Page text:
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|Title:||Trends and correlates of meeting 24-hour movement guidelines: A 15-year study among 167,577 Thai adults|
Stuart J.H. Biddle
Victoria University Melbourne, Institute for Health and Sport
University of South Australia
University of Southern Queensland
|Citation:||International Journal of Behavioral Nutrition and Physical Activity. Vol.17, No.1 (2020)|
|Abstract:||© 2020 The Author(s). Background: Time spent in physical activity (PA), sedentary behaviour (SB), and sleep always takes up the whole day. New public health guidelines combining recommendations for PA, SB, and sleep have been issued in several countries. Thailand was the first country to release the 24-h guidelines for adults. Currently, there is no evidence on the population prevalence of meeting 24-h movement guidelines in Thailand. This study, therefore, aimed to determine 15-year trends and associations of meeting 24-h movement guidelines among Thai adults. Method: We analysed cross-sectional data from 2001, 2004, 2009, and 2015 Thai Time-Use Surveys, coded using the International Classification of Activities for Time-Use Statistics (ICATUS). All ICATUS-based activities were categorised into moderate-to-vigorous PA (MVPA), light PA (LPA), SB, and sleep based on a previously developed classification system. A total of 167,577 adult participants were included. The participants were classified according to the Thai 24-h movement guidelines into meeting or not meeting the following criteria: 1) ≥150 min/week of MVPA; 2) interrupting SB every 2 h; 3) sleeping 7-9 h per day; and 4) adhering to all three guidelines. Results: In 2015, the prevalence of adults who met the MVPA, SB, sleep, and overall recommendations was 81.7, 44.6, 56.4, and 21.3%, respectively. A significant linear increase was found for the prevalence of meeting the SB recommendation, while the prevalence meeting the MVPA, sleep, and overall recommendations was lowest in 2001, peaked in 2004 or 2009, and declined in 2015. The lowest odds for meeting the 24-h guidelines were found among males, those living in urban areas, inhabitants of Bangkok and South Thailand, unemployed, and those with low education level. Conclusions: Despite promising trends in the prevalence of meeting PA, SB, and sleep recommendations, a majority of Thai adults still do not meet the overall 24-h movement guidelines. Further actions are needed to promote more MVPA, less SB, and adequate sleep in Thai adults, particularly among males, those living in urban areas, inhabitants of Bangkok and South Thailand, unemployed, and those with low education level.|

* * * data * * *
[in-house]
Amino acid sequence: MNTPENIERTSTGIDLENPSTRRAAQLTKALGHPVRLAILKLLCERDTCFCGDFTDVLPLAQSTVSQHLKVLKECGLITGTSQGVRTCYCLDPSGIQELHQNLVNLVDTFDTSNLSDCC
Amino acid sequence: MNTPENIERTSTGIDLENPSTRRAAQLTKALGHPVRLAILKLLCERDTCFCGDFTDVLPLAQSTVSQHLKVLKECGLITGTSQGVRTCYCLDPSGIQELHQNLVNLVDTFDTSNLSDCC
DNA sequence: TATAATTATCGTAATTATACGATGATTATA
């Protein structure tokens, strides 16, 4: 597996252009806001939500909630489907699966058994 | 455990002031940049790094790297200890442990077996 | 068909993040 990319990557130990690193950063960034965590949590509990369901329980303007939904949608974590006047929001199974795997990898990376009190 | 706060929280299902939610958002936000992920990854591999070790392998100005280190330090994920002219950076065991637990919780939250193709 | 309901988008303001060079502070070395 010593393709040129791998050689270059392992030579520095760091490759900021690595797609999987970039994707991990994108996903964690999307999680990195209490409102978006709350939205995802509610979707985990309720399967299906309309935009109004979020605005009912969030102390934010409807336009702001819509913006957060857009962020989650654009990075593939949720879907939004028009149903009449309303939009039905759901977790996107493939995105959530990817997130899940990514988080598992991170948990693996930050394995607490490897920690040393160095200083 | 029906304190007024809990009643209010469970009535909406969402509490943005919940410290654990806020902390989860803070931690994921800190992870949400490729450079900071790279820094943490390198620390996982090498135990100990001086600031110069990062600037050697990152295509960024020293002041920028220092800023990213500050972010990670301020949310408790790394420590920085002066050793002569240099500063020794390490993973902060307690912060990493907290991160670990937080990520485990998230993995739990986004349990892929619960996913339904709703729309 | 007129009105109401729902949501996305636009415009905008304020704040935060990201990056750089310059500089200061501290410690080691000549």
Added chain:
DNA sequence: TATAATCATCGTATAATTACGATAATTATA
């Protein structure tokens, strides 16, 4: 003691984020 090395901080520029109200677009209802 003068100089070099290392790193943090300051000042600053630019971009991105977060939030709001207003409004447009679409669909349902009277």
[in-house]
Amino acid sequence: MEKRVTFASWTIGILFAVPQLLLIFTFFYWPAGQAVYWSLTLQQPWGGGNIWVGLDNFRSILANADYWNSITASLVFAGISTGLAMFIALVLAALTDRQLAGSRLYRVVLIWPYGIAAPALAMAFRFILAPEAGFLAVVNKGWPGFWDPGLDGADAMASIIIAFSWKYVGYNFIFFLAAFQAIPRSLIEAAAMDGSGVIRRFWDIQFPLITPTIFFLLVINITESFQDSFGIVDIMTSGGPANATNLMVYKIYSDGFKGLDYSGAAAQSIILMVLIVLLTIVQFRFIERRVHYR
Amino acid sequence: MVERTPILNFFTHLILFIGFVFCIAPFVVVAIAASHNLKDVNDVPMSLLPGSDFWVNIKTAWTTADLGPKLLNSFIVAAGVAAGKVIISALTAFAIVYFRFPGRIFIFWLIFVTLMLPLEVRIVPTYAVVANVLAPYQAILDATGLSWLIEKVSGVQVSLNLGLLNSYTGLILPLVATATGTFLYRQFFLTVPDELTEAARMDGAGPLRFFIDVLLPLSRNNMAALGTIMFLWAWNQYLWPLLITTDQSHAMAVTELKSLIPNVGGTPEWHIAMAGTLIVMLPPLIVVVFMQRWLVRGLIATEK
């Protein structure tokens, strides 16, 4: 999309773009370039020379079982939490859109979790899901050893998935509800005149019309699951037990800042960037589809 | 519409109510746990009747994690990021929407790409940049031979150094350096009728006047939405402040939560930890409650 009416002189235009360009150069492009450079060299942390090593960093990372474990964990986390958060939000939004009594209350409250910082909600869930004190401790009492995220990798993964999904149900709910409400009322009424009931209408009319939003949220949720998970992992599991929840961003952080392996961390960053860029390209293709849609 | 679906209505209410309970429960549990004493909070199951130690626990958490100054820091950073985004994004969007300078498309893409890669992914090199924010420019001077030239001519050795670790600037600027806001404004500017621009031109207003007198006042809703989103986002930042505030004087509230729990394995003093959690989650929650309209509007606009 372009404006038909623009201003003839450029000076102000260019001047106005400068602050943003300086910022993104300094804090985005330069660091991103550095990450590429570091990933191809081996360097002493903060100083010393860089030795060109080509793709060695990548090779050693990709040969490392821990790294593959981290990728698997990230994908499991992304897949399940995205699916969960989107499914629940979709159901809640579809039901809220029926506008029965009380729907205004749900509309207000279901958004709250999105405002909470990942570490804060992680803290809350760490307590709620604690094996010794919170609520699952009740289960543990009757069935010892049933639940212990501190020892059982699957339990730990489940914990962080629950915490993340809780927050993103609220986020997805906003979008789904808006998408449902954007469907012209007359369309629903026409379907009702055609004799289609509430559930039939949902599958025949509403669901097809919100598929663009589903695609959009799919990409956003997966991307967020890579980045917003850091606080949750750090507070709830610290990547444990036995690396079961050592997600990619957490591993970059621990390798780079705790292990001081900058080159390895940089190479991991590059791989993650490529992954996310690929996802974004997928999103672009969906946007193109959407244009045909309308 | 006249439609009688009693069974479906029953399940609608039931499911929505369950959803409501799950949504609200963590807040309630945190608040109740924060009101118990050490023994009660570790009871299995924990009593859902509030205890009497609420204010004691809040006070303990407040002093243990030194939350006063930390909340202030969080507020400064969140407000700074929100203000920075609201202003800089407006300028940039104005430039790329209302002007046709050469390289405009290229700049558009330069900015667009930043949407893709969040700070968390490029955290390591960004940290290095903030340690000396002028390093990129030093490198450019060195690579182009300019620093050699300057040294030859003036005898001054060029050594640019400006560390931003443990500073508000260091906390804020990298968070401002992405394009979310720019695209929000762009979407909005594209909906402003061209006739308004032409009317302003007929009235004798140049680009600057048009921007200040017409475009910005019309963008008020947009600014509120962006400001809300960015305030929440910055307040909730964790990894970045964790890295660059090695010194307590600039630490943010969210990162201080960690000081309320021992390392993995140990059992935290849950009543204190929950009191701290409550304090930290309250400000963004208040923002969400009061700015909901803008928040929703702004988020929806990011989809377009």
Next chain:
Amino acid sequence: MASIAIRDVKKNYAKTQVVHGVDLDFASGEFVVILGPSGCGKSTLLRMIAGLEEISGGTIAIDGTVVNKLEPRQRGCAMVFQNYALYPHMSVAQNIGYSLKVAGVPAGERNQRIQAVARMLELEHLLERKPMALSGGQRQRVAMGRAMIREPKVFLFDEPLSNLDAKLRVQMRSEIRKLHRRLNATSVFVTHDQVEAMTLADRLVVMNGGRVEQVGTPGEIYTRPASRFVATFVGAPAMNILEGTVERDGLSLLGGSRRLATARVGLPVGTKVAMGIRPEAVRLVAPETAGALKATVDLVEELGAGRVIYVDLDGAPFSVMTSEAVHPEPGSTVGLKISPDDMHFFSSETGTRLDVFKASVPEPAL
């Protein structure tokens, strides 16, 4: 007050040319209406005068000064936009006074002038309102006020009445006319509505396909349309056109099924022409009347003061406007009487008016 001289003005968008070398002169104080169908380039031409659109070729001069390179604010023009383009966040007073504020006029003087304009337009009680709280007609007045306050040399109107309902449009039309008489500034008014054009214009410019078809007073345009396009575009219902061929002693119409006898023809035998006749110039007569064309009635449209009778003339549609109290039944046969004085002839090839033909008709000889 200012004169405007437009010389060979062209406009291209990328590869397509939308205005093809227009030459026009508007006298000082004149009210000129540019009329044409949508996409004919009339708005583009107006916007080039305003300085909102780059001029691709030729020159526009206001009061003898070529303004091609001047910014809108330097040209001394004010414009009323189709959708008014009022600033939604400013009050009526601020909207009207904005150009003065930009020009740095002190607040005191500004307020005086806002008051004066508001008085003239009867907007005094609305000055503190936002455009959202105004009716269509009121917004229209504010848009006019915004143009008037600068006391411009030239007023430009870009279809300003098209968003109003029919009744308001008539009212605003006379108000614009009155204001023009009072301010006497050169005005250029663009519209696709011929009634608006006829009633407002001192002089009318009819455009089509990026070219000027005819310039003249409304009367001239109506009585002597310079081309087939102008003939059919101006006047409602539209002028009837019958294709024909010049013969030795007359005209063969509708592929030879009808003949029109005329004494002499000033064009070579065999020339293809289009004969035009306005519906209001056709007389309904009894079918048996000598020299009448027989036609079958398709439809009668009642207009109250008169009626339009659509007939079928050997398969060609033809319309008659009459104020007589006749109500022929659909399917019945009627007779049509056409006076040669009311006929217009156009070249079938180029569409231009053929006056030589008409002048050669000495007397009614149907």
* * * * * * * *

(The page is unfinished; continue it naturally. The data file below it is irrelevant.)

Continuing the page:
|Appears in Collections:||Scopus 2020|
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